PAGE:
Help save lives this holiday season
Chemotherapy for pancreatic cancer
Chemotherapy uses drugs to destroy cancer cells. It is commonly used to treat pancreatic cancer. Your healthcare team will consider your personal needs to plan the drugs, doses and schedules of chemotherapy. You may also receive other treatments.
Chemotherapy is given for different reasons. You may have chemotherapy:
- as the primary treatment for unresectable (locally advanced or metastatic) pancreatic cancer
- to relieve pain or to control the symptoms of advanced pancreatic cancer (called palliative chemotherapy)
- after surgery to destroy cancer cells left behind and to reduce the risk of the cancer recurring (called adjuvant chemotherapy)
- to shrink a borderline resectable tumour before surgery or radiation therapy (called neoadjuvant chemotherapy)
Chemotherapy is usually a systemic therapy. This means that the drugs travel through the bloodstream to reach and destroy cancer cells all over the body, including those that may have broken away from the primary tumour in the pancreas.
Chemotherapy may also be given during the same time as radiation therapy. This is called chemoradiation.
Chemotherapy drugs used for pancreatic cancer
Chemotherapy drugs and combinations used to treat pancreatic cancer are:
- gemcitabine (Gemzar)
- 5-fluorouracil (Adrucil, 5-FU)
- 5-fluorouracil and leucovorin (folinic acid)
- 5-fluorouracil and cisplatin (Paraplatin AQ)
- 5-fluorouracil, irinotecan (Camptosar) and oxaliplatin (Eloxatin)
- FOLFIRINOX – leucovorin, 5-fluorouracil, irinotecan and oxaliplatin
- gemcitabine and cisplatin
- gemcitabine and protein-bound paclitaxel (Abraxane)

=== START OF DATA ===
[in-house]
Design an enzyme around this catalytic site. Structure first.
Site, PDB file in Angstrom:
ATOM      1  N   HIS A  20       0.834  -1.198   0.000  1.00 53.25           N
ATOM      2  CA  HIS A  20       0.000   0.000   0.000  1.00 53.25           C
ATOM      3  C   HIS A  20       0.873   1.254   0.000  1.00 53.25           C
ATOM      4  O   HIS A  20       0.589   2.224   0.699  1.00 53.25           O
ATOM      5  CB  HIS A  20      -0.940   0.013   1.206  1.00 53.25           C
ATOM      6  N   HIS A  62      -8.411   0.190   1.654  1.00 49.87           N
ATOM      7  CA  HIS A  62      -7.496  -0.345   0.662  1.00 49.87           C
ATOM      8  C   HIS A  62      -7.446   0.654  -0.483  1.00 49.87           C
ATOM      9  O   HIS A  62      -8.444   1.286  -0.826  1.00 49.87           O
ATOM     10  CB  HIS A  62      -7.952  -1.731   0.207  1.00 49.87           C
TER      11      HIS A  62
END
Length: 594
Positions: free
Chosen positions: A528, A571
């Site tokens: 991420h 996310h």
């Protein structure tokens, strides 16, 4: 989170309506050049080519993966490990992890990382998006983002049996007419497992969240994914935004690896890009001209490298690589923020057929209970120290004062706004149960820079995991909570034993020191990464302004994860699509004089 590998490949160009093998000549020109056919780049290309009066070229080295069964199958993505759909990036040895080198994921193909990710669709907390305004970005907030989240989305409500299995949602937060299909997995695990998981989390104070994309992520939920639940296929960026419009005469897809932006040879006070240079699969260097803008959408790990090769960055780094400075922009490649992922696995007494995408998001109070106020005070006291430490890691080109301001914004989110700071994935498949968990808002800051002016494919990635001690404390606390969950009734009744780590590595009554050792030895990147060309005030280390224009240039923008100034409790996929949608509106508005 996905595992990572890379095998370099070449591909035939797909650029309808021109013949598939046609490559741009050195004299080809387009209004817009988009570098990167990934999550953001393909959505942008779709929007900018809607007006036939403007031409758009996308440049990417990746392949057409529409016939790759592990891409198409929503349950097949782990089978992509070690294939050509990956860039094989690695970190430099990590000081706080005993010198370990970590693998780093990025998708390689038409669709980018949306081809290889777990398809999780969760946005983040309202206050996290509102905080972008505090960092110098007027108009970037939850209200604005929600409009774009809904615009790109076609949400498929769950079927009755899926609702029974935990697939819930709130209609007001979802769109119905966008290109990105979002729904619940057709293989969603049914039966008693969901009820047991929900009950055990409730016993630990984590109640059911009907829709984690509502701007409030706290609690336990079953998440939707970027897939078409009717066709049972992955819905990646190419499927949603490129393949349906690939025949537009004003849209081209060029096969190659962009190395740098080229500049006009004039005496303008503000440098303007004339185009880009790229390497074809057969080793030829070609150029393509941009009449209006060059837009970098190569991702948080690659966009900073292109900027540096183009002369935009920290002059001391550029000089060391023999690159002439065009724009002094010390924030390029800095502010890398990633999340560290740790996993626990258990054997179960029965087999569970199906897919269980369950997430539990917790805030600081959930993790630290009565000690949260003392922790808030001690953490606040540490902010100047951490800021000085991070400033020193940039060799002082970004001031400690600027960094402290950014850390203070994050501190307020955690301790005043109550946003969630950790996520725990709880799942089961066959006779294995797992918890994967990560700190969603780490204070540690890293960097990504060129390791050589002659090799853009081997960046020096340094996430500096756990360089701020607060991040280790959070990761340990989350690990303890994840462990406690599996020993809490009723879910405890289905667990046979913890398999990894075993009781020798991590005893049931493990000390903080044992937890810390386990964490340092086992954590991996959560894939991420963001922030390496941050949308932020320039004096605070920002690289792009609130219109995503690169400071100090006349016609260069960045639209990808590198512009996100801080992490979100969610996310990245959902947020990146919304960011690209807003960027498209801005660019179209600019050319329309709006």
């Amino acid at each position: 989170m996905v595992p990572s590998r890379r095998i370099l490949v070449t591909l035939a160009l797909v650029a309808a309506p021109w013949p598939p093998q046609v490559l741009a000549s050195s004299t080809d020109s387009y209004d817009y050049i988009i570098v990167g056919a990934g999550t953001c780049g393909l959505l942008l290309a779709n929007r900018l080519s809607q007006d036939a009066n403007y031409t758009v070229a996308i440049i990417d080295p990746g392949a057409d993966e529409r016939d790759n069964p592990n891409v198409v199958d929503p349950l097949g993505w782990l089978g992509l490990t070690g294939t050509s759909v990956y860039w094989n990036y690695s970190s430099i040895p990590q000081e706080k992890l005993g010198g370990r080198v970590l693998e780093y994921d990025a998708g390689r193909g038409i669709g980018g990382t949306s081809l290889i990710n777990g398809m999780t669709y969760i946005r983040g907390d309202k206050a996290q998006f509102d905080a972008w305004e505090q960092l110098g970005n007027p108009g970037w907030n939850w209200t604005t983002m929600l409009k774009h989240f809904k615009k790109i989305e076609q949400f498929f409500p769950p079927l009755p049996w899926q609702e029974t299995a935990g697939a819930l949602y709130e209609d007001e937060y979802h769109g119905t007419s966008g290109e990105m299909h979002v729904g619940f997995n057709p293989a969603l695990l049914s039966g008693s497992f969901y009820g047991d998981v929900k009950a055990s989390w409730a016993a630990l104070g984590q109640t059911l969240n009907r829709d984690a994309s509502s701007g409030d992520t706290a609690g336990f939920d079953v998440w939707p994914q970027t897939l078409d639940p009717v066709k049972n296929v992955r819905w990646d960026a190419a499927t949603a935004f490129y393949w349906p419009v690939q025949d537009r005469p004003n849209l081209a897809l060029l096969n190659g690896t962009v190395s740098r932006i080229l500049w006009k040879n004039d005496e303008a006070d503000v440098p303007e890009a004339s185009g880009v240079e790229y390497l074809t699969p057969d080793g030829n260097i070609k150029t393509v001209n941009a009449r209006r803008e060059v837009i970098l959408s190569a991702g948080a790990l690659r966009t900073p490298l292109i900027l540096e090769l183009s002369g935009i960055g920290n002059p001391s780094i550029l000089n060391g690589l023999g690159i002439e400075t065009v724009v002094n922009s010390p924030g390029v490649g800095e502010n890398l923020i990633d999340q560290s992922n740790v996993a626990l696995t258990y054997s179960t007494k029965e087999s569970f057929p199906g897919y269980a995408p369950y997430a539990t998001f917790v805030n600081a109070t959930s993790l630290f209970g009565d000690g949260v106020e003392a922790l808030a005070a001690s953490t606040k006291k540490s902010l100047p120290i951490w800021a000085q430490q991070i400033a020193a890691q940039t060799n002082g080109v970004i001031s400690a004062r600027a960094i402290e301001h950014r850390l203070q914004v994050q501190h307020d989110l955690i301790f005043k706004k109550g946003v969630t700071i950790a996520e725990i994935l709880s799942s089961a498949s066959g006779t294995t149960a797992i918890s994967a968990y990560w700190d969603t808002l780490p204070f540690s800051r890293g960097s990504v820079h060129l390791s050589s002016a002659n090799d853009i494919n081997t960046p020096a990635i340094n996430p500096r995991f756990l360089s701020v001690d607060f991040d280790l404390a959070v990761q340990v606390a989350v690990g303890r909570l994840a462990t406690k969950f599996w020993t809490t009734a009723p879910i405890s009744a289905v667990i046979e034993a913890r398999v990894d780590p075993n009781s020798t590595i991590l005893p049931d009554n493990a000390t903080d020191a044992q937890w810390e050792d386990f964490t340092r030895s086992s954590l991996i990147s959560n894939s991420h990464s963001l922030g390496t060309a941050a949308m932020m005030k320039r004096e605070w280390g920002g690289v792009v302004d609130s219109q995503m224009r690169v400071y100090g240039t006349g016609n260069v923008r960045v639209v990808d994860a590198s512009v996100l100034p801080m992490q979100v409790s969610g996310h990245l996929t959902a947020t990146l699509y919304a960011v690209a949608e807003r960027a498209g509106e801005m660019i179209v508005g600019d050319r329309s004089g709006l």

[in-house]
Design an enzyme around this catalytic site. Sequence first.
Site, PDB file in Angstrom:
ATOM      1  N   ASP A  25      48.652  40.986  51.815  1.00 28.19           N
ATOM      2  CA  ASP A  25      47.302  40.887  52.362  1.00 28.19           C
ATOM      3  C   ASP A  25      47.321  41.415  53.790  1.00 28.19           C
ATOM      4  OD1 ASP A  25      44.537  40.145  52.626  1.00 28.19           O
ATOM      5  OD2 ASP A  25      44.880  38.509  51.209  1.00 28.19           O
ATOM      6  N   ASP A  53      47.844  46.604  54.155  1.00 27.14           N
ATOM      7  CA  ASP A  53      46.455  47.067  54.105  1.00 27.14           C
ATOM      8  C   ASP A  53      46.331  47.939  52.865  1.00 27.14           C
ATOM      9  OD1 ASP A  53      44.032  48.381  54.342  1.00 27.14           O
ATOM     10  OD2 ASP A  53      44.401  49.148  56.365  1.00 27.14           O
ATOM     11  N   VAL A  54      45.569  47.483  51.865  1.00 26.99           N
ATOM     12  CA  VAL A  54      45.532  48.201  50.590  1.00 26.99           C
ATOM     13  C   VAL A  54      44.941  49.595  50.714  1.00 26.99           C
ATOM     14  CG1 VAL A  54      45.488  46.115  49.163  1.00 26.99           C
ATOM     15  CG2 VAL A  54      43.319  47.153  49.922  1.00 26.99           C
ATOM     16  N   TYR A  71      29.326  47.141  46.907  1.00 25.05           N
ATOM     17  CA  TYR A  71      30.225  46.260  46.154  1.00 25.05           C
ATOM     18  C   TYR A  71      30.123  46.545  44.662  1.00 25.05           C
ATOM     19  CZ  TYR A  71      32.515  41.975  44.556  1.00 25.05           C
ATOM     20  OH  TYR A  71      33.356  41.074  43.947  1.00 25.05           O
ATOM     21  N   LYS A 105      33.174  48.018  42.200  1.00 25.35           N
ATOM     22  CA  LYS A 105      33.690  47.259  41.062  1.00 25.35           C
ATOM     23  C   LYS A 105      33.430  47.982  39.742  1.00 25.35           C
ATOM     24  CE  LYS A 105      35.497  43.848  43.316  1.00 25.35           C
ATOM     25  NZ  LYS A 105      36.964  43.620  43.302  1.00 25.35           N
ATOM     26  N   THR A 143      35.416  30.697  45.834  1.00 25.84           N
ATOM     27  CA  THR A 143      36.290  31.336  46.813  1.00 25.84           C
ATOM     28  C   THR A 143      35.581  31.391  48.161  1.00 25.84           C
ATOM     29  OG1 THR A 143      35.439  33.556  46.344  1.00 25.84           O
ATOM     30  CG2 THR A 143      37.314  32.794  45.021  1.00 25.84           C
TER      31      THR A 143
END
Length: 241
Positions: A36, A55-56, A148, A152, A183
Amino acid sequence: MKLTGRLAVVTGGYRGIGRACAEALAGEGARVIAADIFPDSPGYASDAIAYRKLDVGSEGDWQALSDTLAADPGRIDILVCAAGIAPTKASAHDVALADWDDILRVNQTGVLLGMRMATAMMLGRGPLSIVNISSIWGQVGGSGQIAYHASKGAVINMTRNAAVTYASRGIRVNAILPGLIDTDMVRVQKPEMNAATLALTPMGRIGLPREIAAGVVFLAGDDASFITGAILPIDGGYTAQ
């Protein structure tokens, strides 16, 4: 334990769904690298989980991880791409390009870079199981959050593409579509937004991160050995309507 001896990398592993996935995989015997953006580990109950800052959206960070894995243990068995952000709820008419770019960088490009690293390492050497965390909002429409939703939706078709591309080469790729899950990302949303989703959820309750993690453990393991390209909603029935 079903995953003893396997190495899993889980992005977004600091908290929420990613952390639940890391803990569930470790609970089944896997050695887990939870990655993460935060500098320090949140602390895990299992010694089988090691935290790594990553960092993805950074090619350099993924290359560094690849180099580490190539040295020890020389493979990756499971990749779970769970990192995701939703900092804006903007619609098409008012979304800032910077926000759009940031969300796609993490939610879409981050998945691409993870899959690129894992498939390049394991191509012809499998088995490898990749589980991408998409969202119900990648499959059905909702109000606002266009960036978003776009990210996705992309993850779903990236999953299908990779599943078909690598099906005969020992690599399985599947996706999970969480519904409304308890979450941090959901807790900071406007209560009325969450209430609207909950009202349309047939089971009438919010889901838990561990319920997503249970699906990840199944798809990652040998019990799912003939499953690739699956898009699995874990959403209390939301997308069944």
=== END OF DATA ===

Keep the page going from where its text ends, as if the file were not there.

If pancreatic cancer does not respond to drugs used in earlier treatments or if it recurs, other drugs may be used.
Chemoradiation is treatment that combines chemotherapy with radiation therapy. Chemotherapy is given during the same time period as radiation therapy. Each treatment makes the other more effective.
Chemoradiation may be given after surgery for resectable tumours. It may also be used before surgery for borderline resectable or as the main treatment for locally advanced tumours. The most common drug used in chemoradiation is 5-fluorouracil.
Information about specific cancer drugs
Details on specific drugs change quite regularly. Find out more about sources of drug information and where to get details on specific drugs.
Questions to ask about chemotherapy
My favourite thing about Camp Goodtime is being able to hang out with other kids who have survived cancer. They know what is going on in your life and can help you get through it.
How can you stop cancer before it starts?
Discover how your lifestyle choices can affect cancer risk and how you can take action with our interactive tool – It’s My Life!